The sad truth is, 51 million Americans with disabilities do not have disability insurance. Yet, a little less than half of Americans currently have adequate savings to pay for three months of living expenses without a source of income coming in.
Perhaps one of the reasons many qualified Americans are not taking advantage of disability insurance is because their claim wasn’t accepted, even if it should have been. In fact, one reason why many disability claims get denied is that there needs to be adequate evidence of the individual’s disability and the nature of such in order to be approved.
That said, these five sources of evidence can help you to prove your disability as you submit an individual disability insurance claim:
1. Provide an official letter of diagnosis from your doctor.
Providing a letter from your doctor regarding your official diagnosis can prove that you have a disability, even if it is invisible to the naked eye. Apart from an official diagnosis letter, prescription papers, surgery records, imaging scans, lab reports, and the like can all be used as evidence to validate the diagnosis letter.
2. Gather your medical history.
Sometimes it’s not enough to prove that you have been diagnosed with a disability. After all, many recover significantly after being diagnosed and treated. That said, it’s important to prove exactly how long you have been suffering, especially if you’re seeking long-term benefits.
The number of disability benefits you’re able to receive can be greatly impacted by the length and detail of your medical history. For instance, if you’ve been suffering from a chronic disability for the past three years, three years worth of medical records would partly be able to prove how serious and long-term your disability truly is and has been.
3. Have past employers, friends, or family members write a letter discussing your disability.
When it comes to proving anything, witnesses are key. If you have a past employer who saw first-hand how your disability affected your ability to perform normally at work, you may consider asking them to write a letter discussing their observations. Friends and family members who have witnessed the nature of your disability may also write letters as evidence.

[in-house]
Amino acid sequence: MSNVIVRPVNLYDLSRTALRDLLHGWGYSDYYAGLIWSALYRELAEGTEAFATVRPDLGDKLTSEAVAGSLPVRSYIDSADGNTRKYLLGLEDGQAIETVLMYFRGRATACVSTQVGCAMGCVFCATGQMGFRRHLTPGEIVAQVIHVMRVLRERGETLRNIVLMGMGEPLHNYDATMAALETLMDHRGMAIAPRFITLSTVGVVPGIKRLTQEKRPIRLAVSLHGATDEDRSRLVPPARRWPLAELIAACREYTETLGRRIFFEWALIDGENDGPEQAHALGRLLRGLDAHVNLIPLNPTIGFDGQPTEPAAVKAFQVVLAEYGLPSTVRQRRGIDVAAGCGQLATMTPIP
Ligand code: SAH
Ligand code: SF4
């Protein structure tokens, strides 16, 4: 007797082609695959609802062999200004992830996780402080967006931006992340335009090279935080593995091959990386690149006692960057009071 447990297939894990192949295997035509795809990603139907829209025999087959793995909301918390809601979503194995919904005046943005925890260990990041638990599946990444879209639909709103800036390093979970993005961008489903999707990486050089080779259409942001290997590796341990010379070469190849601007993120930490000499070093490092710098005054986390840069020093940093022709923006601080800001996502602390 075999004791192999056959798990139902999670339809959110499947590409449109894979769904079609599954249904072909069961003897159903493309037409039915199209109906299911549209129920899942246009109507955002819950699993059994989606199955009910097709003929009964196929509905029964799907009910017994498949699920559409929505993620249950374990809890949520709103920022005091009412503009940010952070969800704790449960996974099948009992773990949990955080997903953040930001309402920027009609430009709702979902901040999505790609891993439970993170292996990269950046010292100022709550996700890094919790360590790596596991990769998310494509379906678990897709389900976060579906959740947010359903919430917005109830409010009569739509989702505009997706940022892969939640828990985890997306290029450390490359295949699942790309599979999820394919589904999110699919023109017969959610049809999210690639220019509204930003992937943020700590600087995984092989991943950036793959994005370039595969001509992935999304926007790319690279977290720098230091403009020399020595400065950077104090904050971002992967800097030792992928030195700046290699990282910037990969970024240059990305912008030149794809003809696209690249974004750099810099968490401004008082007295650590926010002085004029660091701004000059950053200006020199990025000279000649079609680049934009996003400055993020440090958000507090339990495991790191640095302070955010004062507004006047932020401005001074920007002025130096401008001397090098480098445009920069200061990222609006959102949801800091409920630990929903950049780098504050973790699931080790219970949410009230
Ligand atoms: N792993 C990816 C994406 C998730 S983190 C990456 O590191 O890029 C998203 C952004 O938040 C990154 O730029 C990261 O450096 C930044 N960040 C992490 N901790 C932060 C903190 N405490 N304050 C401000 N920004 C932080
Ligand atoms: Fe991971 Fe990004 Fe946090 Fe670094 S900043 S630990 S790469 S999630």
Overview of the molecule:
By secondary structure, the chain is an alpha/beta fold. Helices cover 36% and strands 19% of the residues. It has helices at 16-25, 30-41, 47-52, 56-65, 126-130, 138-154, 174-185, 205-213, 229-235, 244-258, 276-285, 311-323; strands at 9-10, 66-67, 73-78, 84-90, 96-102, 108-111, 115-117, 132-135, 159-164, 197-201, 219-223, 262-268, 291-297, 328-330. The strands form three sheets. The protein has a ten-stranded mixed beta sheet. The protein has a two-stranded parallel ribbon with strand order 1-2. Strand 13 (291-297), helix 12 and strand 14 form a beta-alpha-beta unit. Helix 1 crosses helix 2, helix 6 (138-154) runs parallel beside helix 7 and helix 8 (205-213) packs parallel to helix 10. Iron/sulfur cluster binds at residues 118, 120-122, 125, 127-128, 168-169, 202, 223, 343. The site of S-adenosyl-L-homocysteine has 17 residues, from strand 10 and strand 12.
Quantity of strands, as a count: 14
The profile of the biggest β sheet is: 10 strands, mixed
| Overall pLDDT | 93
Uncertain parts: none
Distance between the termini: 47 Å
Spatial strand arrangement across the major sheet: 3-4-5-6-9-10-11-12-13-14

4. Keep a journal of how your disability affects your day-to-day.
Even with witnesses, medical testing, and doctor’s notes, it’s only you who knows how bad you’re suffering. Chances are, there may be things you struggle to do in your daily life that no one has ever witnessed.
That said, journal your day-to-day activities. Is it difficult for you to walk more than one or two feet without crutches? Are you forced to stand up a majority of the day because you’re in too much pain when sitting down? Does your mental disability cause difficulty concentrating? Record your physical, mental, and emotional struggles to prove the extent of your disability.
5. Prove your disability with the help from an attorney.
Even if you have evidence to prove your disability, there’s still a chance your insurance claim can be denied. This often happens if there is not enough proof to validate your disability or if it isn’t clear how your disability would prevent you from being able to adequately perform at work. It is also possible your disability does not meet the policy’s definition of a disability.
Fortunately, overcoming a denied claim is absolutely possible. Consider seeking legal help if you’re having difficulty getting your disability insurance claim approved.
A major part of submitting a disability claim is being able to prove your disability. Providing a diagnosis letter, your medical history, letters from witnesses, and a journal of your daily activities can all prove your disability. If worst comes to worst, reaching out to an attorney to help you prove your disability may be necessary to get your claim approved the next time around.